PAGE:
Stanley Cup Final shows value of hitting on top draft picks

DENVER (AP) — The Tampa Bay Lightning’s lean years helped them land Steven Stamkos with the first pick in the 2008 NHL draft and Victor Hedman second in 2009. Same for the Colorado Avalanche with Gabriel Landeskog going second in 2011, Nathan MacKinnon first in 2013 and Cale Makar fourth in 2017.

The Lightning and Avalanche started from the bottom, and now they’re here in the Stanley Cup Final, in large part to nailing those...

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DENVER (AP) — The Tampa Bay Lightning’s lean years helped them land Steven Stamkos with the first pick in the 2008 NHL draft and Victor Hedman second in 2009. Same for the Colorado Avalanche with Gabriel Landeskog going second in 2011, Nathan MacKinnon first in 2013 and Cale Makar fourth in 2017.

The Lightning and Avalanche started from the bottom, and now they’re here in the Stanley Cup Final, in large part to nailing those high picks.

“You have to go through tough times to get those players,” Colorado general manager Joe Sakic said. “You’re not getting those players in the middle rounds.”

Well, sometimes. Brayden Point, Tampa Bay’s leading goal-scorer in its past two Cup runs, was a third-round pick. But this final is an example for the league’s other 30 teams just how important it is to not swing and miss in the top five of the draft.

“There’s no question that talent is a commodity that’s hard to come by,” said six-time Stanley Cup champion Mark Messier, who’s working the final as an analyst for ESPN. “Then you add commodity with heart and grit and determination and skill and hard work and all the other things, then you got something. Talent alone will never get you to the championship. But you need talent.”

A handful of 2022 top prospects saw that talent up close Saturday at Colorado’s morning skate and were slated to watch Game 2 against Tampa Bay. Shane Wright, the front-runner to be Montreal’s choice with the No. 1 pick, said a quick hello to MacKinnon.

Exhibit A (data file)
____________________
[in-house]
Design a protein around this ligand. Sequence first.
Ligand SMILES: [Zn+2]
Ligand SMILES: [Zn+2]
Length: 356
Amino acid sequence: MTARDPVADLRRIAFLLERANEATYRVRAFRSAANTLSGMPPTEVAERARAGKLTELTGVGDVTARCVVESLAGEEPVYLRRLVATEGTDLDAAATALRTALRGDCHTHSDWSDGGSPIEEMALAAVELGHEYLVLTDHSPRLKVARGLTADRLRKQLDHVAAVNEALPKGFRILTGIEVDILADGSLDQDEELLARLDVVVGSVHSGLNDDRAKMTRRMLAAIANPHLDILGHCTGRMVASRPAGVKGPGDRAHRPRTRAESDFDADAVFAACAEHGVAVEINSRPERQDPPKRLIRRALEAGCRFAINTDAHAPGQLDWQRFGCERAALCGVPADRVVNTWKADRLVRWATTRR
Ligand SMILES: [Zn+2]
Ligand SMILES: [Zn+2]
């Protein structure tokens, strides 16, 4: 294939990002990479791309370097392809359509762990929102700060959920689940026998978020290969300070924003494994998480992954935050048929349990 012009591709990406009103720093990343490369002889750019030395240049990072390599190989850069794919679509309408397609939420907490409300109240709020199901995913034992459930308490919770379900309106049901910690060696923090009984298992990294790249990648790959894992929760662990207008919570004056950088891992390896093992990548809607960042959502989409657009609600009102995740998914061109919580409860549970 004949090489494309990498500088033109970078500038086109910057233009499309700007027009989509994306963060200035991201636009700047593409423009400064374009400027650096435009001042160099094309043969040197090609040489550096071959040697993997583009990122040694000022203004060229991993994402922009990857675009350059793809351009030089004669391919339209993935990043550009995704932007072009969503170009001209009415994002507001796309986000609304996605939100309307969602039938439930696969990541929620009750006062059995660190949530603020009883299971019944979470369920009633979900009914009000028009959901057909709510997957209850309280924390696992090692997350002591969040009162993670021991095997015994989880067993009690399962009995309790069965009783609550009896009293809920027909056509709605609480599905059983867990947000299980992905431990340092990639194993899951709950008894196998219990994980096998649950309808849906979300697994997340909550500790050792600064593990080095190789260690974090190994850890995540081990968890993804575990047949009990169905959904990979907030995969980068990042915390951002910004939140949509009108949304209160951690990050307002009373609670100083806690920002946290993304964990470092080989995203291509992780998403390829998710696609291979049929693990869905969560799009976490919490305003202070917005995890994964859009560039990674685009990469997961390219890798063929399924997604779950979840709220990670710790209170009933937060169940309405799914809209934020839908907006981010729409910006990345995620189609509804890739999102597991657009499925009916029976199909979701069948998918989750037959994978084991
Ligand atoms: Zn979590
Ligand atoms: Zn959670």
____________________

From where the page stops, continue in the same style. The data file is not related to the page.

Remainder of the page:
But in the long run, Wright wants to be in his skates on this stage with the Canadiens or whoever winds up taking him.

“That’s what you work for your entire life,” Wright said. “It was definitely inspiring to see those guys here, see how hard they worked and see what it takes to make it at this level here.”

It took plenty of things going right along the way, but drafting well is the key for almost all winning franchises. Stamkos was the obvious choice for the Lightning, who got Hedman after John Tavares went first in ’09 to the New York Islanders, and the Avalanche were fortunate Makar fell to them eight years later.

Sakic and his staff faced a major question five years ago when MacKinnon, American defenseman Seth Jones and Finnish center Aleksander Barkov were the options for the top pick. Many considered Jones the best option for the rebuilding Avalanche, but they decided well before draft day that MacKinnon was their guy.

“Those top three player have all had great careers, but he was the one game-changer that could really entertain fans, as well,” Sakic said. “We are extremely fortunate we have Nathan on our team.”

Wright understands it’s a process. The Canadiens, New Jersey Devils or wherever he lands probably won’t be in the Stanley Cup Final right away, but he’s ready to take that ride.

’The draft really impacts the structure of a team and the trajectory of a team and where they want to go,” he said. “Tampa and Colorado both had first overall picks a number of years back and now they’re finally contenders. Well, Tampa the last couple years, but Colorado more so this year is now a contender — one of the best teams in the league.

“Definitely it takes a couple years to build those draft picks up and draft the right pieces and get the right pieces in place, but it’s definitely cool to see, for sure.”

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AP Sports Writer Pat Graham contributed.

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Follow AP Hockey Writer Stephen Whyno on Twitter at https://twitter.com/SWhyno

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